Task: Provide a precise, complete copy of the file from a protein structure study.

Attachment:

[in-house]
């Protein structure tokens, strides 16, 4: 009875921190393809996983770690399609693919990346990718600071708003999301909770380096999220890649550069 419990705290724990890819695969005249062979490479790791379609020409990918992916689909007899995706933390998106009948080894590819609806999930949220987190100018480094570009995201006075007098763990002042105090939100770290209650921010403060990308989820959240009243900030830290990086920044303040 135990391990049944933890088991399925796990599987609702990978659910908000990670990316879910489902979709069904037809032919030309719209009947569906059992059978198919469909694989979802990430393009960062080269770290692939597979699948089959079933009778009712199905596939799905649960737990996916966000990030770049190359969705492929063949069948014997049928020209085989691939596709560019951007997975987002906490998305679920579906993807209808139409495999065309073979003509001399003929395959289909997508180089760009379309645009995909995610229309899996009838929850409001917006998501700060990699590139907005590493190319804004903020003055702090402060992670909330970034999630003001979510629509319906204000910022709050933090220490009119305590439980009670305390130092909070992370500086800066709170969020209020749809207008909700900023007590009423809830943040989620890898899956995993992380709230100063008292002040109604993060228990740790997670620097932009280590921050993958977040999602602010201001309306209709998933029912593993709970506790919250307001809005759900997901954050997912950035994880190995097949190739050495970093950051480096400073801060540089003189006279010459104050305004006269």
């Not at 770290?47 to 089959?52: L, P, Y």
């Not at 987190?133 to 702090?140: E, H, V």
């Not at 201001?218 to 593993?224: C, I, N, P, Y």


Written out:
[in-house]
């Protein structure tokens, strides 16, 4: 009875921190393809996983770690399609693919990346990718600071708003999301909770380096999220890649550069 419990705290724990890819695969005249062979490479790791379609020409990918992916689909007899995706933390998106009948080894590819609806999930949220987190100018480094570009995201006075007098763990002042105090939100770290209650921010403060990308989820959240009243900030830290990086920044303040 135990391990049944933890088991399925796990599987609702990978659910908000990670990316879910489902979709069904037809032919030309719209009947569906059992059978198919469909694989979802990430393009960062080269770290692939597979699948089959079933009778009712199905596939799905649960737990996916966000990030770049190359969705492929063949069948014997049928020209085989691939596709560019951007997975987002906490998305679920579906993807209808139409495999065309073979003509001399003929395959289909997508180089760009379309645009995909995610229309899996009838929850409001917006998501700060990699590139907005590493190319804004903020003055702090402060992670909330970034999630003001979510629509319906204000910022709050933090220490009119305590439980009670305390130092909070992370500086800066709170969020209020749809207008909700900023007590009423809830943040989620890898899956995993992380709230100063008292002040109604993060228990740790997670620097932009280590921050993958977040999602602010201001309306209709998933029912593993709970506790919250307001809005759900997901954050997912950035994880190995097949190739050495970093950051480096400073801060540089003189006279010459104050305004006269």
């Not at 770290?47 to 089959?52: L, P, Y």
């Not at 987190?133 to 702090?140: E, H, V």
């Not at 201001?218 to 593993?224: C, I, N, P, Y």